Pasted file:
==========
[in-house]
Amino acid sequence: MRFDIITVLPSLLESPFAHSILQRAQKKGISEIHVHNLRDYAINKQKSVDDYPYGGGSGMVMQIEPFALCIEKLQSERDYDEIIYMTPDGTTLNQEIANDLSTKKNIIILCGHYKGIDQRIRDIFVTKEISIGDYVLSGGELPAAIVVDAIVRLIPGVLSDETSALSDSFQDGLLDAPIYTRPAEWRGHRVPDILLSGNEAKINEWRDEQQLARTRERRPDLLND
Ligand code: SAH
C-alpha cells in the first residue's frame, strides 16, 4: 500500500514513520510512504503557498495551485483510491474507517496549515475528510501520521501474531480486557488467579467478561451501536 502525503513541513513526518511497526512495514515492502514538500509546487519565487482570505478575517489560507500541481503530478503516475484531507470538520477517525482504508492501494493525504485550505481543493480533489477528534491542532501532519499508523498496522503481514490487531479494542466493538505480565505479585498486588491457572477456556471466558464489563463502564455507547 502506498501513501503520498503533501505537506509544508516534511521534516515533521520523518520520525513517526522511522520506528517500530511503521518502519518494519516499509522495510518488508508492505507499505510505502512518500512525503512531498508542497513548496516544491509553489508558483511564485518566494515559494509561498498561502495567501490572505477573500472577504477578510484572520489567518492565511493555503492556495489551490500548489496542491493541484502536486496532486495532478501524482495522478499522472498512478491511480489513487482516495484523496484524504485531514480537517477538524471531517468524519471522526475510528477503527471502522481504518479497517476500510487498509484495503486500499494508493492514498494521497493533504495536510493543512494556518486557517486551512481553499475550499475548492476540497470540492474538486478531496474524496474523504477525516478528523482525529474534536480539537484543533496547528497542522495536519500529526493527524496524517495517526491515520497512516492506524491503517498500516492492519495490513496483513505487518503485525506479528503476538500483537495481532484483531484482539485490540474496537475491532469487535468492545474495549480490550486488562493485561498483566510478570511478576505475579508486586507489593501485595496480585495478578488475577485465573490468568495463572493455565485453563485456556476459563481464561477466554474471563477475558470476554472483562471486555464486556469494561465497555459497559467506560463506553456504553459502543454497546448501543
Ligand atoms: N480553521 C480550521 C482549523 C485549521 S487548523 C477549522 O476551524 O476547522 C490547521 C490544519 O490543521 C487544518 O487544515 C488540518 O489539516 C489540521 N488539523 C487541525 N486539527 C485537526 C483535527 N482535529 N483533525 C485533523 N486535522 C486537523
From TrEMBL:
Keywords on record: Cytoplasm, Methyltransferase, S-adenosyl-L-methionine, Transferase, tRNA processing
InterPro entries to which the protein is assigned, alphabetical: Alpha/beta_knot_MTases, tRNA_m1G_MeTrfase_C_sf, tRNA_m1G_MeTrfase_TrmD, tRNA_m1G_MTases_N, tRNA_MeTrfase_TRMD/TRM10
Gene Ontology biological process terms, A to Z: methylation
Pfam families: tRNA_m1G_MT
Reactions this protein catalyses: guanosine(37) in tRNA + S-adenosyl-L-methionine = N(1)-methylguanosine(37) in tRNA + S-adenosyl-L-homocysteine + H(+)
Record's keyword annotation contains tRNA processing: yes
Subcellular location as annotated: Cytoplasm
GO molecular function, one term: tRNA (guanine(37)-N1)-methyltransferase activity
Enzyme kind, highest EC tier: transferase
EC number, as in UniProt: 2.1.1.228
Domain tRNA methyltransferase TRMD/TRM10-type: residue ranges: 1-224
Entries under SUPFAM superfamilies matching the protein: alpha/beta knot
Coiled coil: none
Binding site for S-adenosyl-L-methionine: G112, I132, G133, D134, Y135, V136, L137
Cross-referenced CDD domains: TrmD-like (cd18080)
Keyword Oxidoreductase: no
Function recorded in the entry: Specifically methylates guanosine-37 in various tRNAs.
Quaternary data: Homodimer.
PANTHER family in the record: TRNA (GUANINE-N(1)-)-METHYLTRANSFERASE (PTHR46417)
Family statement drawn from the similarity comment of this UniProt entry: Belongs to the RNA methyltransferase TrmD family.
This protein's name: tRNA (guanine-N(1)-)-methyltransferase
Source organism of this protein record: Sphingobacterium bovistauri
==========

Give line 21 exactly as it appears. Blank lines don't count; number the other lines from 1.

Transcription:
Cross-referenced CDD domains: TrmD-like (cd18080)